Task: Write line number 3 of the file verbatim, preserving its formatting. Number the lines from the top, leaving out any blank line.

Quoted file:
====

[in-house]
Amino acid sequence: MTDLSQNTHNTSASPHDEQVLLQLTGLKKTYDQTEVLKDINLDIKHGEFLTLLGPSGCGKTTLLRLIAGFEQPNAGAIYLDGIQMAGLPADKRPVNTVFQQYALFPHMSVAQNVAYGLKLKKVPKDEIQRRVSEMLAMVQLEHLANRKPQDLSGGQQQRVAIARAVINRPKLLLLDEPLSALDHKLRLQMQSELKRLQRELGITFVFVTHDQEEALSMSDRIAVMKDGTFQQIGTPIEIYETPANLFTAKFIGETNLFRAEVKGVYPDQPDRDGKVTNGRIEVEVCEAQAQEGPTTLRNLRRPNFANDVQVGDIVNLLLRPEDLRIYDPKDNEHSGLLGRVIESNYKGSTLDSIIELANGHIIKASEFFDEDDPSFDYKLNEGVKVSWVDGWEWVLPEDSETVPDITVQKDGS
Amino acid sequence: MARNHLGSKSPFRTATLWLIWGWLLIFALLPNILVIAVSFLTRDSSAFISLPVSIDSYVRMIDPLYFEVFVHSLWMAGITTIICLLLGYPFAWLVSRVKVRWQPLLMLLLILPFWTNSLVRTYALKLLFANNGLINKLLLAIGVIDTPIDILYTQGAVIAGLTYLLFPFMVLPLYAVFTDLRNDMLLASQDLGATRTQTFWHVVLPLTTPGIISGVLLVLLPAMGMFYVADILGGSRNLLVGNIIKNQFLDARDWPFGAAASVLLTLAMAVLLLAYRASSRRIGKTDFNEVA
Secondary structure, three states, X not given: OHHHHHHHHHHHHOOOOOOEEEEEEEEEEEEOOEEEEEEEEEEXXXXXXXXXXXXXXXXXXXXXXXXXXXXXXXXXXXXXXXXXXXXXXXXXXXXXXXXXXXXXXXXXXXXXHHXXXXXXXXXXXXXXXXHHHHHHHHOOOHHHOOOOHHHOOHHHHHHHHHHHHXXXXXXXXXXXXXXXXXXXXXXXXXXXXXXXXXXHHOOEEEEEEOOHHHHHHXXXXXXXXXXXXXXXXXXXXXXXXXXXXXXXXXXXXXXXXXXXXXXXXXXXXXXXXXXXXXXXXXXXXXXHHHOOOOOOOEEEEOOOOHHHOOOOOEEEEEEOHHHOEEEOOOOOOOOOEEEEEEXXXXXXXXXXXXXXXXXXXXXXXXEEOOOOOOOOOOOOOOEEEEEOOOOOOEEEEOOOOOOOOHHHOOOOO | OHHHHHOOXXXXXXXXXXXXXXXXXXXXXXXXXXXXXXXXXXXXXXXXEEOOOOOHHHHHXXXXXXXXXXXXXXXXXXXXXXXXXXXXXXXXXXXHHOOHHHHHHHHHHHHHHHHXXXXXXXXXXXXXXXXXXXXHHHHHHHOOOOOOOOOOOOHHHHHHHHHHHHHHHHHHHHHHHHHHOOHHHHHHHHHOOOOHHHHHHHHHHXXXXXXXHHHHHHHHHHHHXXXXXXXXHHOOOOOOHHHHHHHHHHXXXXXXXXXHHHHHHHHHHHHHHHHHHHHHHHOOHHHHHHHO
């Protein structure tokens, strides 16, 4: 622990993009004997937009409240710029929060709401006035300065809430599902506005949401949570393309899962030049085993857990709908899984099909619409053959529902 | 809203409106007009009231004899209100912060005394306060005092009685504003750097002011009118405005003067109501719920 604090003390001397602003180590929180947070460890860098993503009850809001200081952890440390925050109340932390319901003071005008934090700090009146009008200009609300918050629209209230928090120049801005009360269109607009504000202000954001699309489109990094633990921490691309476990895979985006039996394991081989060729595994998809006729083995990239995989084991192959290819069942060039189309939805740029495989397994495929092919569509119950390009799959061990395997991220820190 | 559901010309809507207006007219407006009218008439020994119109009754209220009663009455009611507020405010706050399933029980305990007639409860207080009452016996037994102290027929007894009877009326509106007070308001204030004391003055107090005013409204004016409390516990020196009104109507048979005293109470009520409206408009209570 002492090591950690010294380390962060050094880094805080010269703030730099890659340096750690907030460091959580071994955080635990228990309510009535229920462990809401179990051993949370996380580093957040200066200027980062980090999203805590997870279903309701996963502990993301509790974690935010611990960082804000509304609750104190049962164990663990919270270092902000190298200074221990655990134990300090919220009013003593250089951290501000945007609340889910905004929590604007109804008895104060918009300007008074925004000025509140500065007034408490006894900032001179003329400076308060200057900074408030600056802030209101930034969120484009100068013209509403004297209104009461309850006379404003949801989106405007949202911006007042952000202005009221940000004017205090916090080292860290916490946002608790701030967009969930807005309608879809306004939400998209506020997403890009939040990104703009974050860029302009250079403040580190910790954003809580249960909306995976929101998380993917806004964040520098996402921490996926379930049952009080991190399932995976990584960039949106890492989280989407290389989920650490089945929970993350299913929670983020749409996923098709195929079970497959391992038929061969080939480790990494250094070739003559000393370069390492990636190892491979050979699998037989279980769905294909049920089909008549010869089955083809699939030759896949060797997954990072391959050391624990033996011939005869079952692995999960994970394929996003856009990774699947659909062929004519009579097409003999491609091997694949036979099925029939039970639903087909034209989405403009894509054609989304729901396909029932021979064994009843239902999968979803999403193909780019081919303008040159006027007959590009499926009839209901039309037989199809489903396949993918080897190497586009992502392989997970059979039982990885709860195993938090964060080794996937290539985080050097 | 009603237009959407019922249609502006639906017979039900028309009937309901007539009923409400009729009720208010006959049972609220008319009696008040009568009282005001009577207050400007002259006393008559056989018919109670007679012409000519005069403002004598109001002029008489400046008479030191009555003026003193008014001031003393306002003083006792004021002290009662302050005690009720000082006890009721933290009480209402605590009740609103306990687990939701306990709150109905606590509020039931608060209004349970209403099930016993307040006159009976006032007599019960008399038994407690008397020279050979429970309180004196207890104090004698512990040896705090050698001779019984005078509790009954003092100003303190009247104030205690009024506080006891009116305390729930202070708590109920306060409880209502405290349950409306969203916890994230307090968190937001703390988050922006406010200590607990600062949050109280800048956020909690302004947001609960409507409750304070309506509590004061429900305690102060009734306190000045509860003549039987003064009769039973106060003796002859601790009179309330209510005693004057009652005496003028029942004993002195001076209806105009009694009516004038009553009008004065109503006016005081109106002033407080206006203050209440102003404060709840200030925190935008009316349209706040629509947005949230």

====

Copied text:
Amino acid sequence: MARNHLGSKSPFRTATLWLIWGWLLIFALLPNILVIAVSFLTRDSSAFISLPVSIDSYVRMIDPLYFEVFVHSLWMAGITTIICLLLGYPFAWLVSRVKVRWQPLLMLLLILPFWTNSLVRTYALKLLFANNGLINKLLLAIGVIDTPIDILYTQGAVIAGLTYLLFPFMVLPLYAVFTDLRNDMLLASQDLGATRTQTFWHVVLPLTTPGIISGVLLVLLPAMGMFYVADILGGSRNLLVGNIIKNQFLDARDWPFGAAASVLLTLAMAVLLLAYRASSRRIGKTDFNEVA